Drones to martial arts: Things you must know about Israel ahead of Modi’s historic visit
Did you know that the first military use of unmanned aerial vehicles was by the Israeli military, or that the Israelis have their own martial arts?world Updated: Jul 03, 2017 09:44 IST
The Israeli Defence Forces have a formidable military record. Their air force pilots, for example, regularly defeat other elite air units in global match-ups. Mossad is rated as among the most effective and lethal intelligence agencies going around. But there are other elements of Israel’s defence skills, especially in technology, that are less well-known.
1. Talpiot: This is an Israel military training programme which recruits youngsters who show a combination of scientific and leadership ability. They provide the brainpower undergirding Israel’s military research and development success. Picked as high school graduates, Talpiot candidates are trained in physics and mathematics even while undergoing military training in all service branches. Each class is only 50-60 strong and the programme takes nine years to complete. A similar programme, Havatzalot, exists for Israeli military intelligence.
2. Krav Maga: The Israelis have their own martial arts. Krav Maga was invented by a German Jewish boxer after the Holocaust to help ordinary people resist physical capture. Designed to allow even old people to fight back, Krav Maga plays on a person’s natural instincts and urges a victim to use objects and the surrounding environment to help in the fight. It is not for the squeamish: Krav Maga fighers are expected to incapacitate if not kill their opponents and focus on the most vulnerable parts of the human being. Elements of Asian martial arts have been incorporated into the genre over the years.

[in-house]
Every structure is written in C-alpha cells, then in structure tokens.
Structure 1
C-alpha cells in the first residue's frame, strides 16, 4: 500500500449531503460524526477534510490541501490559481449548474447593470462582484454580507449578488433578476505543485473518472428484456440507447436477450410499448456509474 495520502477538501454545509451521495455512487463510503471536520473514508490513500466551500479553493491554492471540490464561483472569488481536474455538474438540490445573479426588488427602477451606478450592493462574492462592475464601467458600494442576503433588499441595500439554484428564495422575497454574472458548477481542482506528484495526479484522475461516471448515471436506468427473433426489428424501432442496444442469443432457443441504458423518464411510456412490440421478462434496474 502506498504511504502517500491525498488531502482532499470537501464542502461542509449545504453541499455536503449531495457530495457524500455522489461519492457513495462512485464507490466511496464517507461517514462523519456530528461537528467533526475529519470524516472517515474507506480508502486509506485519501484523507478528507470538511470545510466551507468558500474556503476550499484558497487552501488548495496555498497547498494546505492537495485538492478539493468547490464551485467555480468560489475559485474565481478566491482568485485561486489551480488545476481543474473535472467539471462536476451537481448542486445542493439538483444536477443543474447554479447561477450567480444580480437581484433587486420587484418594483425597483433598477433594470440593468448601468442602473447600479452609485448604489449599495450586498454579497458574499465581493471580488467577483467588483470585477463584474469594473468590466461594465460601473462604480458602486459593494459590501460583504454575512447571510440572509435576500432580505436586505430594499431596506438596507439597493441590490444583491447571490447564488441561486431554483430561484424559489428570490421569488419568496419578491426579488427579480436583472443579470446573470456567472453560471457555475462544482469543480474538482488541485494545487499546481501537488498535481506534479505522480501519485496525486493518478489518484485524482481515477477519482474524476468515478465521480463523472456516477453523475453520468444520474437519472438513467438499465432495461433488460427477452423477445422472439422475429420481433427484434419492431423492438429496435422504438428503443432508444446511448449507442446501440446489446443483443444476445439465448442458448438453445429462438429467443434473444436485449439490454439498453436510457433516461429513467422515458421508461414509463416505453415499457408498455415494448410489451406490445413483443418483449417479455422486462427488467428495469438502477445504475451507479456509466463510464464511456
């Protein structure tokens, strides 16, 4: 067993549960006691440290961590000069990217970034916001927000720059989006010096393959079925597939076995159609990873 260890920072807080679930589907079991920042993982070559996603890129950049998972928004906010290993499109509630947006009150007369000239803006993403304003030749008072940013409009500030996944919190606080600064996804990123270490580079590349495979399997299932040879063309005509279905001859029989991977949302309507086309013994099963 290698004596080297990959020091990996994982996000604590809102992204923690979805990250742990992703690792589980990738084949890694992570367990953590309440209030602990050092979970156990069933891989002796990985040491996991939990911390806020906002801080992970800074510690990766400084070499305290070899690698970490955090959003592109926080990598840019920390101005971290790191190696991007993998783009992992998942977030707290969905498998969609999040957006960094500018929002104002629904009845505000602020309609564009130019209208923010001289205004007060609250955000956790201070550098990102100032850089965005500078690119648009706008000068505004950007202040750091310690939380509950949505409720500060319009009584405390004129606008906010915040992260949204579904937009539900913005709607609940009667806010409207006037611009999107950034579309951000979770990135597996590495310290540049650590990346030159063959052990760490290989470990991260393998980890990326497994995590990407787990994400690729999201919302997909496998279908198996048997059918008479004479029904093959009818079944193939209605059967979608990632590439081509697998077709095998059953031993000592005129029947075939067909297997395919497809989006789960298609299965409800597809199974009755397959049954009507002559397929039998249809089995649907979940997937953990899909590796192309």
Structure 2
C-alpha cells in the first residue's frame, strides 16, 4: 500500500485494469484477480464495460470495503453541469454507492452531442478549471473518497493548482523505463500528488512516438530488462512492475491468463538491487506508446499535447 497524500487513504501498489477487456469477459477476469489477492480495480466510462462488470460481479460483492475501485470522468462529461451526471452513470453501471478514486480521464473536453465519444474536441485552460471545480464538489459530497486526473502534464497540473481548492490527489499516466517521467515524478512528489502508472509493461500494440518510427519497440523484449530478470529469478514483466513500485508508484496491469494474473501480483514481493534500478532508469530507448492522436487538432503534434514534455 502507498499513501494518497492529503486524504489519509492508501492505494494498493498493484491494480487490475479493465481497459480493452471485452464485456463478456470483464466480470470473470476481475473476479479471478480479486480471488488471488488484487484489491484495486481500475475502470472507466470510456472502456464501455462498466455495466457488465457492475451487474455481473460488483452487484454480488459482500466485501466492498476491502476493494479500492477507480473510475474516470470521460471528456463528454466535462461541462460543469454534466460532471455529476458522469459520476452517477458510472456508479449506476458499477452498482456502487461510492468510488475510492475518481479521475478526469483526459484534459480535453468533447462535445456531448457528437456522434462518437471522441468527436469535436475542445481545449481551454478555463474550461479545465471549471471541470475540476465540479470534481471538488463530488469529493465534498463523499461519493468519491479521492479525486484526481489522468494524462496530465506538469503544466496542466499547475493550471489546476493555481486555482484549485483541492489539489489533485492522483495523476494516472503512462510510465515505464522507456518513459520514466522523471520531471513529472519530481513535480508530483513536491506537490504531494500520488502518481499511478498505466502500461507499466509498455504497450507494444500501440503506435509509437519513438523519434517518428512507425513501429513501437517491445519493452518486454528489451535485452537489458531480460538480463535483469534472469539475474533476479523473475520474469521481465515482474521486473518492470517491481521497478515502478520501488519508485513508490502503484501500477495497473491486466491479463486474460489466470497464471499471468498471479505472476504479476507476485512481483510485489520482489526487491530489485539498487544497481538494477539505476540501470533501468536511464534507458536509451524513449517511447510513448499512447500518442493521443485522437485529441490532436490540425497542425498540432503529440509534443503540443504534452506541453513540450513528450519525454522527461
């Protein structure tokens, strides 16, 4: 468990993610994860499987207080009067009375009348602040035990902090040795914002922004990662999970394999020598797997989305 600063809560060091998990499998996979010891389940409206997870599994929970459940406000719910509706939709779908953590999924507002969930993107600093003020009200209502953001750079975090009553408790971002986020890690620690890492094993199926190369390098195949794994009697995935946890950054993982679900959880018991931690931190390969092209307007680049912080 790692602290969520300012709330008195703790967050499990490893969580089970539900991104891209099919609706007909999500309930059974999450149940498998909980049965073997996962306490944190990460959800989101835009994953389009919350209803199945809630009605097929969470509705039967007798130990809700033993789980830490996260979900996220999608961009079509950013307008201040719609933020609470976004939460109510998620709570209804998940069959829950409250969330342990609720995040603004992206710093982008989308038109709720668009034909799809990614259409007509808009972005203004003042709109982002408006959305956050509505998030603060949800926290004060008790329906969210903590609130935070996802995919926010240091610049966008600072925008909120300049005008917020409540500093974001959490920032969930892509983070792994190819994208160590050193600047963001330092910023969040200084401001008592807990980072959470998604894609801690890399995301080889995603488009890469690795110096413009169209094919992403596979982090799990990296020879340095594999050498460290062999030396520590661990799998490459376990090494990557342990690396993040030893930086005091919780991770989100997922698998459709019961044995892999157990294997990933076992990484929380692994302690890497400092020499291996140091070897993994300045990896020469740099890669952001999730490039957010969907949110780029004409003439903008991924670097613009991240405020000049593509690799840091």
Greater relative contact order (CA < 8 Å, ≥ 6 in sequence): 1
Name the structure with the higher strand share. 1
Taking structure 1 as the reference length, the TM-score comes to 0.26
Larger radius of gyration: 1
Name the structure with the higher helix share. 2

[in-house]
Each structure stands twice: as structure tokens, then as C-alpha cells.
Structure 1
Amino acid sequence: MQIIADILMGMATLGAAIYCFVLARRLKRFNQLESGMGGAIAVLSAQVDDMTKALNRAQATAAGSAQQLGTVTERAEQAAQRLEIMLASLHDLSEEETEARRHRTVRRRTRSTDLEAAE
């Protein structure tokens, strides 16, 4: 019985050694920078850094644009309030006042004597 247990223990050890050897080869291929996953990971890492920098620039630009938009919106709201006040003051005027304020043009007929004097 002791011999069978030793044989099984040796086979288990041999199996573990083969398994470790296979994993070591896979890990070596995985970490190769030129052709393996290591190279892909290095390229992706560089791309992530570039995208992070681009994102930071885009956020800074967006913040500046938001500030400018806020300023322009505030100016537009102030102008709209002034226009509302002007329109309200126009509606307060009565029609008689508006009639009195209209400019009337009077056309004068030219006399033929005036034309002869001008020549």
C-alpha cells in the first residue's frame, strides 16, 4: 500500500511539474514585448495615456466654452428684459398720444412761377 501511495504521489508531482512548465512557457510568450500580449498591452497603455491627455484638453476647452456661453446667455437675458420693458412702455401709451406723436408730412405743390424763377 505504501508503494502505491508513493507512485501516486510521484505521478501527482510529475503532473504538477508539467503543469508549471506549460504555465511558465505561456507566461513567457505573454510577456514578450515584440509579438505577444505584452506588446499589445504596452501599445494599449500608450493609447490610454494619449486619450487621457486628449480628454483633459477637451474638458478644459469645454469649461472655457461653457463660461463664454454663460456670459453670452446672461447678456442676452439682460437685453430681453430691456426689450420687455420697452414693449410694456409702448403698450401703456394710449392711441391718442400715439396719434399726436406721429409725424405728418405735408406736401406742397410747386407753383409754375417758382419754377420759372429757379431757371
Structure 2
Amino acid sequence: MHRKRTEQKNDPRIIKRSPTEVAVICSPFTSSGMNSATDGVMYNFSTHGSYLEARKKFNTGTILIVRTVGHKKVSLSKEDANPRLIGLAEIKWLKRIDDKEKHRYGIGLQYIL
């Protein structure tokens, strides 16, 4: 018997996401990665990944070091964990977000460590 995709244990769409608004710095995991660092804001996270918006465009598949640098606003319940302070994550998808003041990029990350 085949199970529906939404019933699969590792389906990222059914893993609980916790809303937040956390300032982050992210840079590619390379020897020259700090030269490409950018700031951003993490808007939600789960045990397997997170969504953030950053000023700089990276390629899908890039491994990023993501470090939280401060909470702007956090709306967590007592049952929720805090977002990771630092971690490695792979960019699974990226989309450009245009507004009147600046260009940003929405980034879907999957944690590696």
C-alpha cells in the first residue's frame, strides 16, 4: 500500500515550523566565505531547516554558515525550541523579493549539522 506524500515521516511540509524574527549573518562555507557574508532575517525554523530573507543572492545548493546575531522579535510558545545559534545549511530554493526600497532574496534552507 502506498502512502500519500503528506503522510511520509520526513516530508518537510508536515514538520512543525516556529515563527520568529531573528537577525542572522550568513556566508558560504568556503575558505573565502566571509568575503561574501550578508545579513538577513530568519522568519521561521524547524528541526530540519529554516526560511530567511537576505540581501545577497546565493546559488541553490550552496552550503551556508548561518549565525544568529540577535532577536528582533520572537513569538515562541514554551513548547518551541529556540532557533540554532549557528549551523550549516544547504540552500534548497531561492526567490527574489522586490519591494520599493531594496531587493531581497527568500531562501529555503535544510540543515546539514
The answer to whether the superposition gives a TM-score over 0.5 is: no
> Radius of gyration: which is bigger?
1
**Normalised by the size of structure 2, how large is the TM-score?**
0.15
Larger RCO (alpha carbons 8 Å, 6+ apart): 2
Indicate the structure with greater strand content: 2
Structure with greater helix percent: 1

3. Drones: The first military use of unmanned aerial vehicles was by the Israeli military in the Yom Kippur War. Their inventor, Baghdad-born Israeli Abrahem Karem, later developed a series of drones including Amber, the precursor to the most famous US armed drone, the Predator. Karem is today settled in the US where he has earned the title “dronefather”. Tens of thousands of drones are now made by nearly 40 countries around the world and they are widely seen as the future of aerial combat. After the US, Israel is seen as the world’s foremost drone maker. India has bought so many that its fleet of Israeli-made drones is larger than Israel’s own fleet. Israel has also launched the Protector, an armed unmanned boat that protects the country’s coasts and can be used to fight fires.
4. Anti-missile systems: The Israelis have developed a number of remarkable anti-missile defence systems. The Iron Dome, designed to protect towns from even low projectiles like mortars, has an interception rate of 87%. Israel is working on a number of anti-ballistic missile systems: the Arrow and David’s Sling plus the laser-based Iron Beam. But it has also perfected a number of smaller systems designed to protect individual tanks and ships. India is the main partner for the Barak anti-missile ship defence system. But Israel has also developed the Trophy anti-missile system which can be carried on and protects even individual tanks. The Trophy uses a network of tiny radars and projectiles.
5. Kidon: Literally the Hebrew word for “tip of the spear”, the kidon are Mossad’s famed trained assassination teams. Though they largely operate in West Asia, the kidon have struck across the world. On a few occasions, they have even kidnapped or killed on behalf of a third government when requested by the Israeli authorities. Senior Israeli officials privately speak of a success rate of above 80%, probably the most lethal in the world. The late Mossad chief, Meir Dagan, supposedly led a kidon team during his early career that killed over 200 targets.
Things you didn’t know about Israeli tech